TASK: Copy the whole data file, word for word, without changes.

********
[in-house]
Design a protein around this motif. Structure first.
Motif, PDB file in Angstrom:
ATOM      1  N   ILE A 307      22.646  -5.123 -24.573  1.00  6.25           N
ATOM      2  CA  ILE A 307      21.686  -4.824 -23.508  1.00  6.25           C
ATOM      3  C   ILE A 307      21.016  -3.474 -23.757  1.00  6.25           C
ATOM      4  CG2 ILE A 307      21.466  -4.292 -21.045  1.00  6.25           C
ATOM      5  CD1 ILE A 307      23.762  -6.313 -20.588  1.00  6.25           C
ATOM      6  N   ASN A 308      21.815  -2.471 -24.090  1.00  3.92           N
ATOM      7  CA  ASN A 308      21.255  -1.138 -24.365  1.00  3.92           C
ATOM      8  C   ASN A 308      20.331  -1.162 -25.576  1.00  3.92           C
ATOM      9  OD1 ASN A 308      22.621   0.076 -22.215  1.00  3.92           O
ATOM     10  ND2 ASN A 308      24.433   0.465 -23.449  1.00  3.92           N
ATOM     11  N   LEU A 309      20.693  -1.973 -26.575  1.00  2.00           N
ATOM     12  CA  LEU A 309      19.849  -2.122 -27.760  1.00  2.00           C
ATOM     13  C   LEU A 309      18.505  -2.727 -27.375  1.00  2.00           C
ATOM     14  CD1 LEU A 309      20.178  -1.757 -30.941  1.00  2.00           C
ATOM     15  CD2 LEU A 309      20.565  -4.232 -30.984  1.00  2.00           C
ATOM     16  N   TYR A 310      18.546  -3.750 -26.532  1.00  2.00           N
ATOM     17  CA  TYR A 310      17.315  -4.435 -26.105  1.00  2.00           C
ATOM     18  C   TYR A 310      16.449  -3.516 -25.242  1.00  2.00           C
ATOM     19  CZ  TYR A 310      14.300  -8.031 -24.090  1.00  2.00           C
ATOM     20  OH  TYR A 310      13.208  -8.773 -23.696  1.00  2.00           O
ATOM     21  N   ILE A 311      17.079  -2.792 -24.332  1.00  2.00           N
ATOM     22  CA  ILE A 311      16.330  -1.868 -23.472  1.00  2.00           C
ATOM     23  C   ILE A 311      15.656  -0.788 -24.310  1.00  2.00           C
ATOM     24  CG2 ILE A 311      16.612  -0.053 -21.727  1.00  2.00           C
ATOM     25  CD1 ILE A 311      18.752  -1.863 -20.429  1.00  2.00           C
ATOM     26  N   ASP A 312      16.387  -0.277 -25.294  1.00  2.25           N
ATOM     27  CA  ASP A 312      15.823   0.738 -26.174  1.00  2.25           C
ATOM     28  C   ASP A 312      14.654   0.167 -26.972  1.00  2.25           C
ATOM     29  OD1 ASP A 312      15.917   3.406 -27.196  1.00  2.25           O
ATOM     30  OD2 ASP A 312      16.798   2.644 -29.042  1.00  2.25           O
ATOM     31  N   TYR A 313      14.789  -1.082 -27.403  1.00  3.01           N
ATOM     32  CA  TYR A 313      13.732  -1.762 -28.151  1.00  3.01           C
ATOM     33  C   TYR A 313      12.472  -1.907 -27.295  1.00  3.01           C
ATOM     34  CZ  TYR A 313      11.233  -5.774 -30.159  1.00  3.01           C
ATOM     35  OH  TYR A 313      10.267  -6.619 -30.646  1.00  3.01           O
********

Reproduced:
[in-house]
Design a protein around this motif. Structure first.
Motif, PDB file in Angstrom:
ATOM      1  N   ILE A 307      22.646  -5.123 -24.573  1.00  6.25           N
ATOM      2  CA  ILE A 307      21.686  -4.824 -23.508  1.00  6.25           C
ATOM      3  C   ILE A 307      21.016  -3.474 -23.757  1.00  6.25           C
ATOM      4  CG2 ILE A 307      21.466  -4.292 -21.045  1.00  6.25           C
ATOM      5  CD1 ILE A 307      23.762  -6.313 -20.588  1.00  6.25           C
ATOM      6  N   ASN A 308      21.815  -2.471 -24.090  1.00  3.92           N
ATOM      7  CA  ASN A 308      21.255  -1.138 -24.365  1.00  3.92           C
ATOM      8  C   ASN A 308      20.331  -1.162 -25.576  1.00  3.92           C
ATOM      9  OD1 ASN A 308      22.621   0.076 -22.215  1.00  3.92           O
ATOM     10  ND2 ASN A 308      24.433   0.465 -23.449  1.00  3.92           N
ATOM     11  N   LEU A 309      20.693  -1.973 -26.575  1.00  2.00           N
ATOM     12  CA  LEU A 309      19.849  -2.122 -27.760  1.00  2.00           C
ATOM     13  C   LEU A 309      18.505  -2.727 -27.375  1.00  2.00           C
ATOM     14  CD1 LEU A 309      20.178  -1.757 -30.941  1.00  2.00           C
ATOM     15  CD2 LEU A 309      20.565  -4.232 -30.984  1.00  2.00           C
ATOM     16  N   TYR A 310      18.546  -3.750 -26.532  1.00  2.00           N
ATOM     17  CA  TYR A 310      17.315  -4.435 -26.105  1.00  2.00           C
ATOM     18  C   TYR A 310      16.449  -3.516 -25.242  1.00  2.00           C
ATOM     19  CZ  TYR A 310      14.300  -8.031 -24.090  1.00  2.00           C
ATOM     20  OH  TYR A 310      13.208  -8.773 -23.696  1.00  2.00           O
ATOM     21  N   ILE A 311      17.079  -2.792 -24.332  1.00  2.00           N
ATOM     22  CA  ILE A 311      16.330  -1.868 -23.472  1.00  2.00           C
ATOM     23  C   ILE A 311      15.656  -0.788 -24.310  1.00  2.00           C
ATOM     24  CG2 ILE A 311      16.612  -0.053 -21.727  1.00  2.00           C
ATOM     25  CD1 ILE A 311      18.752  -1.863 -20.429  1.00  2.00           C
ATOM     26  N   ASP A 312      16.387  -0.277 -25.294  1.00  2.25           N
ATOM     27  CA  ASP A 312      15.823   0.738 -26.174  1.00  2.25           C
ATOM     28  C   ASP A 312      14.654   0.167 -26.972  1.00  2.25           C
ATOM     29  OD1 ASP A 312      15.917   3.406 -27.196  1.00  2.25           O
ATOM     30  OD2 ASP A 312      16.798   2.644 -29.042  1.00  2.25           O
ATOM     31  N   TYR A 313      14.789  -1.082 -27.403  1.00  3.01           N
ATOM     32  CA  TYR A 313      13.732  -1.762 -28.151  1.00  3.01           C
ATOM     33  C   TYR A 313      12.472  -1.907 -27.295  1.00  3.01           C
ATOM     34  CZ  TYR A 313      11.233  -5.774 -30.159  1.00  3.01           C
ATOM     35  OH  TYR A 313      10.267  -6.619 -30.646  1.00  3.01           O